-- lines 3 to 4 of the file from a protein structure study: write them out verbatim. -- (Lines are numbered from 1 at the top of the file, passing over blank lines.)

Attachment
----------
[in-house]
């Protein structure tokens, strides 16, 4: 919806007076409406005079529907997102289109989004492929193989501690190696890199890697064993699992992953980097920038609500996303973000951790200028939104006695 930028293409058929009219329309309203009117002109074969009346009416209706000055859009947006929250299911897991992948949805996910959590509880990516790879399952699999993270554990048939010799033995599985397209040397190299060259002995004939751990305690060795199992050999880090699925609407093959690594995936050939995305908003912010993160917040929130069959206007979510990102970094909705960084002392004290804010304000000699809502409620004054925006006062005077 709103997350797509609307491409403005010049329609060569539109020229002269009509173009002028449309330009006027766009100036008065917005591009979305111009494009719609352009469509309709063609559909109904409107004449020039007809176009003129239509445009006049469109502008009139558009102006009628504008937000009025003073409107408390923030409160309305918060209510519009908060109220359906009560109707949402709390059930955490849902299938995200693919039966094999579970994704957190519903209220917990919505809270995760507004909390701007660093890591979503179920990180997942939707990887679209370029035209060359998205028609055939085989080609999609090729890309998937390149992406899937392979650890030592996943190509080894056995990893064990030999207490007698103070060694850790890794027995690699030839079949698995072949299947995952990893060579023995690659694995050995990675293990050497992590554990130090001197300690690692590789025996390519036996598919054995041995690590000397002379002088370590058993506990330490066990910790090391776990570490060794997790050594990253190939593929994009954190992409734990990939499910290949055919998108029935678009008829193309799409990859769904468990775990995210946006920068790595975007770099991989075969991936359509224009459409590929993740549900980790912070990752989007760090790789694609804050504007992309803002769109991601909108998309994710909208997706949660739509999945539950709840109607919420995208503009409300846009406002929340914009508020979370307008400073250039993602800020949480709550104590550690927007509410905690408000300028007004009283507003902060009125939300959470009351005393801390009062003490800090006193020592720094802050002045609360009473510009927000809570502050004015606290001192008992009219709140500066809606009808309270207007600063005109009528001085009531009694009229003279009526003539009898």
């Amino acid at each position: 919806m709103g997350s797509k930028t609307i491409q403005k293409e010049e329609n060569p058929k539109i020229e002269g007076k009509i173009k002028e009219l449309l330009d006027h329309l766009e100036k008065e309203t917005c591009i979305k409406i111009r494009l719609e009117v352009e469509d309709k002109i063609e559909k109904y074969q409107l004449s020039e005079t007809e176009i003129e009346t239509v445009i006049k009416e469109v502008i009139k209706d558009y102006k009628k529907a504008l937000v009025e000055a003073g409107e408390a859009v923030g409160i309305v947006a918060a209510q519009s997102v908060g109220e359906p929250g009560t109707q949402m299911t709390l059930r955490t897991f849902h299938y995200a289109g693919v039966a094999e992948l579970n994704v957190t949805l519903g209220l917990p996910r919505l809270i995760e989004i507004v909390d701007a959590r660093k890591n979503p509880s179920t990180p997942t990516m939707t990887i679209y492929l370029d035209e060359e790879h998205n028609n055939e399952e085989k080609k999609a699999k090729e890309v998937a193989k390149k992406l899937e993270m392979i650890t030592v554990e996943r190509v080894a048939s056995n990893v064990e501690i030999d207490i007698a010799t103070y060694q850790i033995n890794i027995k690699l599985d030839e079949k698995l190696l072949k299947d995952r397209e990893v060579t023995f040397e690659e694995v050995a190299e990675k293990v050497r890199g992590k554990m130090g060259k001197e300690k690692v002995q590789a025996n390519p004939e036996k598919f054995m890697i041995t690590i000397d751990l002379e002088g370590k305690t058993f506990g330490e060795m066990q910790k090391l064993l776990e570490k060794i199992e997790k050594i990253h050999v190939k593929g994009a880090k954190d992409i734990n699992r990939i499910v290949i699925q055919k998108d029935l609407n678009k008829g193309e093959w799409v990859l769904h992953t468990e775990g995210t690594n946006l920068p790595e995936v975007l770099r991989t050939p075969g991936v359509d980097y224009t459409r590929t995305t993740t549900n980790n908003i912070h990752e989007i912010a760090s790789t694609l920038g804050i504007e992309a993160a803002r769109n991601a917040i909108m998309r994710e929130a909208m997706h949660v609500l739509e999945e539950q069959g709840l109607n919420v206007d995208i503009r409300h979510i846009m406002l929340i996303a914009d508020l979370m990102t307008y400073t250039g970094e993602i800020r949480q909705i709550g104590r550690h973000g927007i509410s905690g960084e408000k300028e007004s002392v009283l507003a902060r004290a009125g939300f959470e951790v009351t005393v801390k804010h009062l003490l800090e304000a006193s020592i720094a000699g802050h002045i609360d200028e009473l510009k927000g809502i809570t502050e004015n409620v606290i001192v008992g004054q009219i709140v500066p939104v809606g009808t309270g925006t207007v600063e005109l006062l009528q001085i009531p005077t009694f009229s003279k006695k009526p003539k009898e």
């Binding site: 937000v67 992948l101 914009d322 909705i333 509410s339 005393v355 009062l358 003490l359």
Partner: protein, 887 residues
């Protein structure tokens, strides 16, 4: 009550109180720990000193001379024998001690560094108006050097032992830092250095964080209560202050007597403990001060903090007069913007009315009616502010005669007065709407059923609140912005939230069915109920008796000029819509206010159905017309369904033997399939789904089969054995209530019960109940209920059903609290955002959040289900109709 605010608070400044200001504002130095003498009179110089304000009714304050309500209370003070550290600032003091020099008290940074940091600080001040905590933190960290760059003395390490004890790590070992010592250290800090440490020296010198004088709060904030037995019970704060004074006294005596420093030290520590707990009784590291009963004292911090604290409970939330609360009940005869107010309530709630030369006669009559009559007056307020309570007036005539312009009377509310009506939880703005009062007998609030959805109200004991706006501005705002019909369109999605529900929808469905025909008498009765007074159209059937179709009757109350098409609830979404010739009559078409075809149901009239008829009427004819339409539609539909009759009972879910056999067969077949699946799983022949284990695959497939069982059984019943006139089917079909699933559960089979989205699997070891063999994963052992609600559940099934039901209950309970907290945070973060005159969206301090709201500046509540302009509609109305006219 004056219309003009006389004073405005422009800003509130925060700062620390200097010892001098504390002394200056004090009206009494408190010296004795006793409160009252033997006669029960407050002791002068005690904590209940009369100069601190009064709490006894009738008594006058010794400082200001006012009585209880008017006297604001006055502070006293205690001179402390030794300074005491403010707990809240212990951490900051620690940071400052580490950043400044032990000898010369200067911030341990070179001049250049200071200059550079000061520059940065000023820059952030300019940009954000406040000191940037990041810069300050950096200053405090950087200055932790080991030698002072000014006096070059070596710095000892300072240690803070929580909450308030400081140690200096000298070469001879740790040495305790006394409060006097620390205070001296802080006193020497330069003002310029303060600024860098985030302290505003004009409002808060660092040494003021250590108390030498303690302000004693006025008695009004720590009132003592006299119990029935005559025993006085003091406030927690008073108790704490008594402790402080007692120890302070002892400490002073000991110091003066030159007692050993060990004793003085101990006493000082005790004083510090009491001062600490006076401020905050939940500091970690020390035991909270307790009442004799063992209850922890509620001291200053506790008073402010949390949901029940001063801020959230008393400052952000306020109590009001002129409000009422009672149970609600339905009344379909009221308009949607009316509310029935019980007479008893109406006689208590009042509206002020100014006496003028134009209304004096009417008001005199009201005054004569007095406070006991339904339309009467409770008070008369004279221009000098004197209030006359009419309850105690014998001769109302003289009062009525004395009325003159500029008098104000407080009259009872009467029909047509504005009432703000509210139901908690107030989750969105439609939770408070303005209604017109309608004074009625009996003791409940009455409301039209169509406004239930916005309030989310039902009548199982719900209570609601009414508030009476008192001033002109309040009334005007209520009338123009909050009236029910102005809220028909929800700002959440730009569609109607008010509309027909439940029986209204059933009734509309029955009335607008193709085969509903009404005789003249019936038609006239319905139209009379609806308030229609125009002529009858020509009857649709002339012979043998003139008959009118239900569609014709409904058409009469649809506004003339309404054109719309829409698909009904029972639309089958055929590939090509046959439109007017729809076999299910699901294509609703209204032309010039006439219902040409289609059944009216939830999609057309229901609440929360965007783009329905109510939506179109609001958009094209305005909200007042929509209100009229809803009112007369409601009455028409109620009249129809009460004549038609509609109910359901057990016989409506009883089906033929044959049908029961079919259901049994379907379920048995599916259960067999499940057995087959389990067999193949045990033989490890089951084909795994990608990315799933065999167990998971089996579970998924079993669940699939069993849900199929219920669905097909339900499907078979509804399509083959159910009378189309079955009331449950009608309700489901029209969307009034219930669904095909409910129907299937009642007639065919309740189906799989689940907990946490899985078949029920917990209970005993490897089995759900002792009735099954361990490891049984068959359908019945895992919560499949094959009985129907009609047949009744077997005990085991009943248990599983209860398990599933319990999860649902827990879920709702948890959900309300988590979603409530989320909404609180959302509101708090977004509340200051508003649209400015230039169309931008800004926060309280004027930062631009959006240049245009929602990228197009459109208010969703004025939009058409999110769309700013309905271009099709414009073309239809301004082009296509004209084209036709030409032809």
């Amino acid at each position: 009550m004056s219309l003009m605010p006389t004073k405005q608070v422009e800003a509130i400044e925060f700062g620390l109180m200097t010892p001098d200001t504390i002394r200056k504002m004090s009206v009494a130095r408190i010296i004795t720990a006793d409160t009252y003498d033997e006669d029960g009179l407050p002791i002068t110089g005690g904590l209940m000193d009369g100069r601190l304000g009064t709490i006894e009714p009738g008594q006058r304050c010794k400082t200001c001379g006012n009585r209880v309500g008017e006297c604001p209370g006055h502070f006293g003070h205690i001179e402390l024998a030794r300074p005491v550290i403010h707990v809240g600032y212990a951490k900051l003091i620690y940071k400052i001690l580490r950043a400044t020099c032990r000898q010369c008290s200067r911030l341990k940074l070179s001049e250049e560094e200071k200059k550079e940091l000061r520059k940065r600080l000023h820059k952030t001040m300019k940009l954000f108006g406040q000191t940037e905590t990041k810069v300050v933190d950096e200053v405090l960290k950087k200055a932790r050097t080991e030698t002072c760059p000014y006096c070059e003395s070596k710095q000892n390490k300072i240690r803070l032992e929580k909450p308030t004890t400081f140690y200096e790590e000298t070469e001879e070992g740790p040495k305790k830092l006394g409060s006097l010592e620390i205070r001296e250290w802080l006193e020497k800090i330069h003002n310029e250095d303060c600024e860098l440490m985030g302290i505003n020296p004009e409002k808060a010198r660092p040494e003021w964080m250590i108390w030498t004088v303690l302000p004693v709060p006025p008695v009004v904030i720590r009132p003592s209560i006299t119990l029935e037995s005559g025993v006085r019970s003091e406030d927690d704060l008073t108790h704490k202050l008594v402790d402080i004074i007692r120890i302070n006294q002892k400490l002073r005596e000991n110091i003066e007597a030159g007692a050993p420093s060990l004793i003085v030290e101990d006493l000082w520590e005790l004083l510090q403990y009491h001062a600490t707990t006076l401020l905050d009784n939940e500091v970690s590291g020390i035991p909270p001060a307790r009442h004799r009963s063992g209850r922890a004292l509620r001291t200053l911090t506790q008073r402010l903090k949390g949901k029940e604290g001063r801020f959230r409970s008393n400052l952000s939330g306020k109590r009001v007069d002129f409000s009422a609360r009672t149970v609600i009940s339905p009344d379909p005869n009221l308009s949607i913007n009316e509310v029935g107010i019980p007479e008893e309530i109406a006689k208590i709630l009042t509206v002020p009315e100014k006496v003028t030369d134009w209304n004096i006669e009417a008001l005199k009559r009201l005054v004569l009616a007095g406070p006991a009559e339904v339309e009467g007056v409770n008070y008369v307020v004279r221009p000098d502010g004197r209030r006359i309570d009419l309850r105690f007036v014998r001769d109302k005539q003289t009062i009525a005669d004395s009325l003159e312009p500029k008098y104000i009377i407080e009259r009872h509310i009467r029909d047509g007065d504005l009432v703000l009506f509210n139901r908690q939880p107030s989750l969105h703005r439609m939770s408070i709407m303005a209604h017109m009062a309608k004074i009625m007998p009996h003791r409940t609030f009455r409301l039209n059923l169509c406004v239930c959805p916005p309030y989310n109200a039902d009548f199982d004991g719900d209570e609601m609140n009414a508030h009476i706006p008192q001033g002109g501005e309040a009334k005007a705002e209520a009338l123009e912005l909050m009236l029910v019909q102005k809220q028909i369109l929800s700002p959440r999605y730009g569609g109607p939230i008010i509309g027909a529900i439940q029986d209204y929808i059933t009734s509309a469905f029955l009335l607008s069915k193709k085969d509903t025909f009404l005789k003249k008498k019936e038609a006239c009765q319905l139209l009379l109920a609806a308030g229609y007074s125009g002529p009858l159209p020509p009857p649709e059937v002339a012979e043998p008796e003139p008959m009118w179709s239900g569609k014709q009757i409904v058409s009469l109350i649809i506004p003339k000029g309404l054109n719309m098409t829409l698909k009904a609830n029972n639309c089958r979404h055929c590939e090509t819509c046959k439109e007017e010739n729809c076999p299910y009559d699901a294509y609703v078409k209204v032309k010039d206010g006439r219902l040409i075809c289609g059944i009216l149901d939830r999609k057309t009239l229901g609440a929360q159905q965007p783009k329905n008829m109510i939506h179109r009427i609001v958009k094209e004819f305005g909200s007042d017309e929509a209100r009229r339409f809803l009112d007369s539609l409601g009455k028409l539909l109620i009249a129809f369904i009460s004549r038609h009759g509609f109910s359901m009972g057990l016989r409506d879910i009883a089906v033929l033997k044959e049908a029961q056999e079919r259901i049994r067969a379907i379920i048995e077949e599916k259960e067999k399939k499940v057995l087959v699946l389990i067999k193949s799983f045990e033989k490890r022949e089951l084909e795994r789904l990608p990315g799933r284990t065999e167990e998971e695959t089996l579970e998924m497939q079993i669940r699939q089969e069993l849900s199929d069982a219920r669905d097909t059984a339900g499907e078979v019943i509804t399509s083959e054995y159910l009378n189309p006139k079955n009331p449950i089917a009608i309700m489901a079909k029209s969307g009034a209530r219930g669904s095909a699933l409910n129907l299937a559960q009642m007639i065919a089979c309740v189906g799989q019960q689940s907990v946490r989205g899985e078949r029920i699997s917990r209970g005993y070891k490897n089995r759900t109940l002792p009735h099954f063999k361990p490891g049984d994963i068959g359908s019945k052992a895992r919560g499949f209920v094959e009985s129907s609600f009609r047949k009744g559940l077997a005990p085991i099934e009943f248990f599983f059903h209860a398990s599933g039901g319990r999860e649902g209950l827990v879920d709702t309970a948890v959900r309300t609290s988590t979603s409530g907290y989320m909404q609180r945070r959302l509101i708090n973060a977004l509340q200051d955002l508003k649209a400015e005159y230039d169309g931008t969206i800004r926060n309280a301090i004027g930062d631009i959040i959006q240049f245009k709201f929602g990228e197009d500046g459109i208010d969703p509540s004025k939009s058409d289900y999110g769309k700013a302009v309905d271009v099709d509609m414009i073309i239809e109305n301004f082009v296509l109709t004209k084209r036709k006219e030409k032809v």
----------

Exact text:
């Amino acid at each position: 919806m709103g997350s797509k930028t609307i491409q403005k293409e010049e329609n060569p058929k539109i020229e002269g007076k009509i173009k002028e009219l449309l330009d006027h329309l766009e100036k008065e309203t917005c591009i979305k409406i111009r494009l719609e009117v352009e469509d309709k002109i063609e559909k109904y074969q409107l004449s020039e005079t007809e176009i003129e009346t239509v445009i006049k009416e469109v502008i009139k209706d558009y102006k009628k529907a504008l937000v009025e000055a003073g409107e408390a859009v923030g409160i309305v947006a918060a209510q519009s997102v908060g109220e359906p929250g009560t109707q949402m299911t709390l059930r955490t897991f849902h299938y995200a289109g693919v039966a094999e992948l579970n994704v957190t949805l519903g209220l917990p996910r919505l809270i995760e989004i507004v909390d701007a959590r660093k890591n979503p509880s179920t990180p997942t990516m939707t990887i679209y492929l370029d035209e060359e790879h998205n028609n055939e399952e085989k080609k999609a699999k090729e890309v998937a193989k390149k992406l899937e993270m392979i650890t030592v554990e996943r190509v080894a048939s056995n990893v064990e501690i030999d207490i007698a010799t103070y060694q850790i033995n890794i027995k690699l599985d030839e079949k698995l190696l072949k299947d995952r397209e990893v060579t023995f040397e690659e694995v050995a190299e990675k293990v050497r890199g992590k554990m130090g060259k001197e300690k690692v002995q590789a025996n390519p004939e036996k598919f054995m890697i041995t690590i000397d751990l002379e002088g370590k305690t058993f506990g330490e060795m066990q910790k090391l064993l776990e570490k060794i199992e997790k050594i990253h050999v190939k593929g994009a880090k954190d992409i734990n699992r990939i499910v290949i699925q055919k998108d029935l609407n678009k008829g193309e093959w799409v990859l769904h992953t468990e775990g995210t690594n946006l920068p790595e995936v975007l770099r991989t050939p075969g991936v359509d980097y224009t459409r590929t995305t993740t549900n980790n908003i912070h990752e989007i912010a760090s790789t694609l920038g804050i504007e992309a993160a803002r769109n991601a917040i909108m998309r994710e929130a909208m997706h949660v609500l739509e999945e539950q069959g709840l109607n919420v206007d995208i503009r409300h979510i846009m406002l929340i996303a914009d508020l979370m990102t307008y400073t250039g970094e993602i800020r949480q909705i709550g104590r550690h973000g927007i509410s905690g960084e408000k300028e007004s002392v009283l507003a902060r004290a009125g939300f959470e951790v009351t005393v801390k804010h009062l003490l800090e304000a006193s020592i720094a000699g802050h002045i609360d200028e009473l510009k927000g809502i809570t502050e004015n409620v606290i001192v008992g004054q009219i709140v500066p939104v809606g009808t309270g925006t207007v600063e005109l006062l009528q001085i009531p005077t009694f009229s003279k006695k009526p003539k009898e």
């Binding site: 937000v67 992948l101 914009d322 909705i333 509410s339 005393v355 009062l358 003490l359």